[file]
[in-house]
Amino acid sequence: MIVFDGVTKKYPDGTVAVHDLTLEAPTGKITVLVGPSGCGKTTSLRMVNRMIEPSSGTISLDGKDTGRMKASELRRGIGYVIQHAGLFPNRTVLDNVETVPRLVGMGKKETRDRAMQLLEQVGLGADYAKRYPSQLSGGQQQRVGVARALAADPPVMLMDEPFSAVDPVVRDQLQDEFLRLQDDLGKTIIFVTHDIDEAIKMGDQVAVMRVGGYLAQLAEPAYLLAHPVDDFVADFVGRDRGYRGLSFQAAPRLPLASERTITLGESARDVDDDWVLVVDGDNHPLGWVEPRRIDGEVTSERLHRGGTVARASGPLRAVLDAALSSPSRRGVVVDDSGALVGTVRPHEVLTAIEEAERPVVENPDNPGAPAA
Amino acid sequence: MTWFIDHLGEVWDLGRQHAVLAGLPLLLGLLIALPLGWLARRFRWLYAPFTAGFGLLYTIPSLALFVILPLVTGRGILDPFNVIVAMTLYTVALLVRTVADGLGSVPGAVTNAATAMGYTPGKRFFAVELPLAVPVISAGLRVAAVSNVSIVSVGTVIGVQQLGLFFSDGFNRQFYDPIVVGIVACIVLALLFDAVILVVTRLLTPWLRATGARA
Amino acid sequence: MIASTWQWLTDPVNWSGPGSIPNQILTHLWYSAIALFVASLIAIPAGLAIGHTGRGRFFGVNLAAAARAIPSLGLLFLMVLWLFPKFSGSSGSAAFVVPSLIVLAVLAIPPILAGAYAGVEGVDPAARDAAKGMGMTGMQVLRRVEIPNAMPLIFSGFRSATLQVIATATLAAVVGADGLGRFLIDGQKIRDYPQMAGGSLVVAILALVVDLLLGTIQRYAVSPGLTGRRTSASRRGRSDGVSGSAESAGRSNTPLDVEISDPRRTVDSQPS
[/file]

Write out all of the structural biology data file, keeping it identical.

[in-house]
Amino acid sequence: MIVFDGVTKKYPDGTVAVHDLTLEAPTGKITVLVGPSGCGKTTSLRMVNRMIEPSSGTISLDGKDTGRMKASELRRGIGYVIQHAGLFPNRTVLDNVETVPRLVGMGKKETRDRAMQLLEQVGLGADYAKRYPSQLSGGQQQRVGVARALAADPPVMLMDEPFSAVDPVVRDQLQDEFLRLQDDLGKTIIFVTHDIDEAIKMGDQVAVMRVGGYLAQLAEPAYLLAHPVDDFVADFVGRDRGYRGLSFQAAPRLPLASERTITLGESARDVDDDWVLVVDGDNHPLGWVEPRRIDGEVTSERLHRGGTVARASGPLRAVLDAALSSPSRRGVVVDDSGALVGTVRPHEVLTAIEEAERPVVENPDNPGAPAA
Amino acid sequence: MTWFIDHLGEVWDLGRQHAVLAGLPLLLGLLIALPLGWLARRFRWLYAPFTAGFGLLYTIPSLALFVILPLVTGRGILDPFNVIVAMTLYTVALLVRTVADGLGSVPGAVTNAATAMGYTPGKRFFAVELPLAVPVISAGLRVAAVSNVSIVSVGTVIGVQQLGLFFSDGFNRQFYDPIVVGIVACIVLALLFDAVILVVTRLLTPWLRATGARA
Amino acid sequence: MIASTWQWLTDPVNWSGPGSIPNQILTHLWYSAIALFVASLIAIPAGLAIGHTGRGRFFGVNLAAAARAIPSLGLLFLMVLWLFPKFSGSSGSAAFVVPSLIVLAVLAIPPILAGAYAGVEGVDPAARDAAKGMGMTGMQVLRRVEIPNAMPLIFSGFRSATLQVIATATLAAVVGADGLGRFLIDGQKIRDYPQMAGGSLVVAILALVVDLLLGTIQRYAVSPGLTGRRTSASRRGRSDGVSGSAESAGRSNTPLDVEISDPRRTVDSQPS